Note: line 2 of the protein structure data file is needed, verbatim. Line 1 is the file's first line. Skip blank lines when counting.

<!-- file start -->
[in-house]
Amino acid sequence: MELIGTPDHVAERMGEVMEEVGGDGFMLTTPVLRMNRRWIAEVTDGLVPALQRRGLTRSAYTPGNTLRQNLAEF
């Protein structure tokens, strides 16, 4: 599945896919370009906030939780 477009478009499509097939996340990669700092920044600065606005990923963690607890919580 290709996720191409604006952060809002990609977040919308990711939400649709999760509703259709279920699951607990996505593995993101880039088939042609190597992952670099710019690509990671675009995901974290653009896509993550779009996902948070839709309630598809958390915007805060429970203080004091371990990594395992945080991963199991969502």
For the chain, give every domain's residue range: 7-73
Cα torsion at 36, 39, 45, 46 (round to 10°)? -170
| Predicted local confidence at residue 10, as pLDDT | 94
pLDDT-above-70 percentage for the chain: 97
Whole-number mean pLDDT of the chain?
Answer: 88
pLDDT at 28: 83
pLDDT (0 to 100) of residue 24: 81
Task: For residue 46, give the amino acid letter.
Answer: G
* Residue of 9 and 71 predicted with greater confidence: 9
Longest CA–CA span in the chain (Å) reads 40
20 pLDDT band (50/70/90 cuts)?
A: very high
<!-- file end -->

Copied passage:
Amino acid sequence: MELIGTPDHVAERMGEVMEEVGGDGFMLTTPVLRMNRRWIAEVTDGLVPALQRRGLTRSAYTPGNTLRQNLAEF